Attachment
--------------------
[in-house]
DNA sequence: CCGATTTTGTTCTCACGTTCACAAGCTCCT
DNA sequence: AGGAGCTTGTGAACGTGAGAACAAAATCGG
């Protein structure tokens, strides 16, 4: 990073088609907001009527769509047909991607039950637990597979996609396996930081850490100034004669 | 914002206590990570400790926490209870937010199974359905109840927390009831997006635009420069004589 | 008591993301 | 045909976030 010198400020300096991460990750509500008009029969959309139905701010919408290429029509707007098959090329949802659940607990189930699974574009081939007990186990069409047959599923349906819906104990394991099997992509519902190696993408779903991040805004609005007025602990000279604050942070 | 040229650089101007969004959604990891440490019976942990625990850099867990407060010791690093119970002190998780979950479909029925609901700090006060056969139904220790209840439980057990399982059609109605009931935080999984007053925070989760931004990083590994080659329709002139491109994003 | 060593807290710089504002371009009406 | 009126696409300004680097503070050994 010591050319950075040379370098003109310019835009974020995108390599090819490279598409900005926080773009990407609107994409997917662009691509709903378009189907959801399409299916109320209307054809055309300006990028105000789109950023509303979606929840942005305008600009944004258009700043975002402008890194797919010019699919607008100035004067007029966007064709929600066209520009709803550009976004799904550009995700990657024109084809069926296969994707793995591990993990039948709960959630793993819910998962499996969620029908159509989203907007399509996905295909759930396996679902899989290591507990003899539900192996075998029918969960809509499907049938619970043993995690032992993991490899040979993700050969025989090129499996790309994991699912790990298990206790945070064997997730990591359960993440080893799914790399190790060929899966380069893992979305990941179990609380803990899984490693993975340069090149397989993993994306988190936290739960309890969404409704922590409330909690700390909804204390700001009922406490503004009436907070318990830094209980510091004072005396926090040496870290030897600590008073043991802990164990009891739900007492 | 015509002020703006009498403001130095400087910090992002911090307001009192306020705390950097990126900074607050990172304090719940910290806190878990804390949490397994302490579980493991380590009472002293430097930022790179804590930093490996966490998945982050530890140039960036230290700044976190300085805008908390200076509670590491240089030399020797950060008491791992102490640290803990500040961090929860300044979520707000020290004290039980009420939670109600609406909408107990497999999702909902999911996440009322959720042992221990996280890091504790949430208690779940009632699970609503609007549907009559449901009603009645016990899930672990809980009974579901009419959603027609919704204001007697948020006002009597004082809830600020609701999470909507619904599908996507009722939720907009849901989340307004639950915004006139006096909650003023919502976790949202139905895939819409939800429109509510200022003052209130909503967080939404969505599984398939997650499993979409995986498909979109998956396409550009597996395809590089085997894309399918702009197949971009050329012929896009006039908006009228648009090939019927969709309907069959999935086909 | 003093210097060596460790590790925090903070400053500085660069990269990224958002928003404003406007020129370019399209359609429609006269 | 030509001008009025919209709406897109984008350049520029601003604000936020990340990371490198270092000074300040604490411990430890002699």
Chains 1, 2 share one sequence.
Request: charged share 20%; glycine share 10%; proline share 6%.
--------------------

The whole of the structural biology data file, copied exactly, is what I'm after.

[in-house]
DNA sequence: CCGATTTTGTTCTCACGTTCACAAGCTCCT
DNA sequence: AGGAGCTTGTGAACGTGAGAACAAAATCGG
């Protein structure tokens, strides 16, 4: 990073088609907001009527769509047909991607039950637990597979996609396996930081850490100034004669 | 914002206590990570400790926490209870937010199974359905109840927390009831997006635009420069004589 | 008591993301 | 045909976030 010198400020300096991460990750509500008009029969959309139905701010919408290429029509707007098959090329949802659940607990189930699974574009081939007990186990069409047959599923349906819906104990394991099997992509519902190696993408779903991040805004609005007025602990000279604050942070 | 040229650089101007969004959604990891440490019976942990625990850099867990407060010791690093119970002190998780979950479909029925609901700090006060056969139904220790209840439980057990399982059609109605009931935080999984007053925070989760931004990083590994080659329709002139491109994003 | 060593807290710089504002371009009406 | 009126696409300004680097503070050994 010591050319950075040379370098003109310019835009974020995108390599090819490279598409900005926080773009990407609107994409997917662009691509709903378009189907959801399409299916109320209307054809055309300006990028105000789109950023509303979606929840942005305008600009944004258009700043975002402008890194797919010019699919607008100035004067007029966007064709929600066209520009709803550009976004799904550009995700990657024109084809069926296969994707793995591990993990039948709960959630793993819910998962499996969620029908159509989203907007399509996905295909759930396996679902899989290591507990003899539900192996075998029918969960809509499907049938619970043993995690032992993991490899040979993700050969025989090129499996790309994991699912790990298990206790945070064997997730990591359960993440080893799914790399190790060929899966380069893992979305990941179990609380803990899984490693993975340069090149397989993993994306988190936290739960309890969404409704922590409330909690700390909804204390700001009922406490503004009436907070318990830094209980510091004072005396926090040496870290030897600590008073043991802990164990009891739900007492 | 015509002020703006009498403001130095400087910090992002911090307001009192306020705390950097990126900074607050990172304090719940910290806190878990804390949490397994302490579980493991380590009472002293430097930022790179804590930093490996966490998945982050530890140039960036230290700044976190300085805008908390200076509670590491240089030399020797950060008491791992102490640290803990500040961090929860300044979520707000020290004290039980009420939670109600609406909408107990497999999702909902999911996440009322959720042992221990996280890091504790949430208690779940009632699970609503609007549907009559449901009603009645016990899930672990809980009974579901009419959603027609919704204001007697948020006002009597004082809830600020609701999470909507619904599908996507009722939720907009849901989340307004639950915004006139006096909650003023919502976790949202139905895939819409939800429109509510200022003052209130909503967080939404969505599984398939997650499993979409995986498909979109998956396409550009597996395809590089085997894309399918702009197949971009050329012929896009006039908006009228648009090939019927969709309907069959999935086909 | 003093210097060596460790590790925090903070400053500085660069990269990224958002928003404003406007020129370019399209359609429609006269 | 030509001008009025919209709406897109984008350049520029601003604000936020990340990371490198270092000074300040604490411990430890002699």
Chains 1, 2 share one sequence.
Request: charged share 20%; glycine share 10%; proline share 6%.